Australians are looking to politics for their identity and not religion
A report in the ABC today that more Australians are likely to identify themselves by politics than by any other identity marker - including and especially religion - is no real cause for celebration.
Annabel Crabb's article points out that while most Australians, 71 per cent, think that "occasionally" or "most often" religious discrimination occurs in their country, a majority also believe that religious people should keep their religion views to themselves.
Crabb also points out that religious leaders are held in low esteem by the vast majority of Australians. She observes:
Religious leaders were distrusted by a full 70 per cent of the population, with 35 per cent saying they did not trust them "at all". Even within their own flocks, religious leaders were viewed with some suspicion.
This brought an inevitable amount of hand wringing from many of the usual religious hand wringers on Facebook, although if you push your way past so much of the lament (often, ironically, from those who are religious leaders decrying how bad religious leaders are), one wonders what that means.
I mean, are we talking capital "R", capital "L Religious Leaders - you know, the types like disgraced Archbishop George Pell, or Frank Houston? Or are we talking your everyday pastor? I think there's a difference between hostility towards capital "C" Christianity, and a general trust of "small c" Christian friends.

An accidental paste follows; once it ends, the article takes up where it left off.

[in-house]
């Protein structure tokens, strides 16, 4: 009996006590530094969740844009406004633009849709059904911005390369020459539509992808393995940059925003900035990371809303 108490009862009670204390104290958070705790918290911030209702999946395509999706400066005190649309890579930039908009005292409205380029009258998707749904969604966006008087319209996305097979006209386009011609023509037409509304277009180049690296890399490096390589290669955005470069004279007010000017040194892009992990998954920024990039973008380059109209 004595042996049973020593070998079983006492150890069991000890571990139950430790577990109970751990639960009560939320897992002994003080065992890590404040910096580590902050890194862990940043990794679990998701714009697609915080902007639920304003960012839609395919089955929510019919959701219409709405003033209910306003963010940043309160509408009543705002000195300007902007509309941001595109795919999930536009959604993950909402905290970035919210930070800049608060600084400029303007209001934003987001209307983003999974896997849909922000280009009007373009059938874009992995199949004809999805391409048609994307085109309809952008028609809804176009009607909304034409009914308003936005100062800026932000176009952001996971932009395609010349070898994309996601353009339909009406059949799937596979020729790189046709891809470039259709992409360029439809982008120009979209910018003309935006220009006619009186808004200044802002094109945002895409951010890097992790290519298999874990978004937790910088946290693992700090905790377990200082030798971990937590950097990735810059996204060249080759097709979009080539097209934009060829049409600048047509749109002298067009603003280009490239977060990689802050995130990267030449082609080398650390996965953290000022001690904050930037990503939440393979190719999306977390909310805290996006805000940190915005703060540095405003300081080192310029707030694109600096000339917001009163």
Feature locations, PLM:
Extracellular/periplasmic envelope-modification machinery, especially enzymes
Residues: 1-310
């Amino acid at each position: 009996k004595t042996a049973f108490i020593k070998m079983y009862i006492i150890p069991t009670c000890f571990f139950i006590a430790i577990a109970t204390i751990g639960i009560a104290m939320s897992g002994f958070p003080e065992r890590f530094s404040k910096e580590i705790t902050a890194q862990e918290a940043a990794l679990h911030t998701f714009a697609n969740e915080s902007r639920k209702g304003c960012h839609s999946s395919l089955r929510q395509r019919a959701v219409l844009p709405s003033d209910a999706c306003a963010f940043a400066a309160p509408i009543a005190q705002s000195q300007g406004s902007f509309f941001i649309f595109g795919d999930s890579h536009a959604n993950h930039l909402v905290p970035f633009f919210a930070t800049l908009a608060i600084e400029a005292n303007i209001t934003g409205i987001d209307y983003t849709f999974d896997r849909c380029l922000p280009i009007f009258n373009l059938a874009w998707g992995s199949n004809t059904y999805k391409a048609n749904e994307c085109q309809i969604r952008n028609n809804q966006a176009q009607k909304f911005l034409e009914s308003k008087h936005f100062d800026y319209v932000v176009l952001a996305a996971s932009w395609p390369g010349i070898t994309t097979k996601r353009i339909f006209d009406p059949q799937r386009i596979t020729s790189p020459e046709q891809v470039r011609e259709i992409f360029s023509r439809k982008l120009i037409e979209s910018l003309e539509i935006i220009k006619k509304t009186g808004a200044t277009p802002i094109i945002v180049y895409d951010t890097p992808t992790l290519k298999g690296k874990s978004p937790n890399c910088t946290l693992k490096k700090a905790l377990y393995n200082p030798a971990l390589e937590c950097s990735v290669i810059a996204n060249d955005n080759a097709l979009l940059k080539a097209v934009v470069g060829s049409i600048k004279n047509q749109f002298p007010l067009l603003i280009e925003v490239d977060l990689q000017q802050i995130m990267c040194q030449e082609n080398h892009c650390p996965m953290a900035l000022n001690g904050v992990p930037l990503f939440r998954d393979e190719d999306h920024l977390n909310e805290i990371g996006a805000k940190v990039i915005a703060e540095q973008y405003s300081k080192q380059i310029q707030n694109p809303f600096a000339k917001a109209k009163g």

I'm not sure I've had much level of distrust held towards me by the non-Christian friends I have accumulated over the years. And they all know what I do for a job.
But then again, if religion is something to keep to oneself, then it's something we never talk about. I mean I've carpooled kids, and had birthday parties for my kids to which their kids were invited (and turned up!) and had countless meals with them. No one seemed to be checking up on whether I'd nicked off with the silverware.
The survey concluded that:
Overall, Australians are not looking for more religion. Only 15 per cent of respondents thought the country would be better off if more people were religious.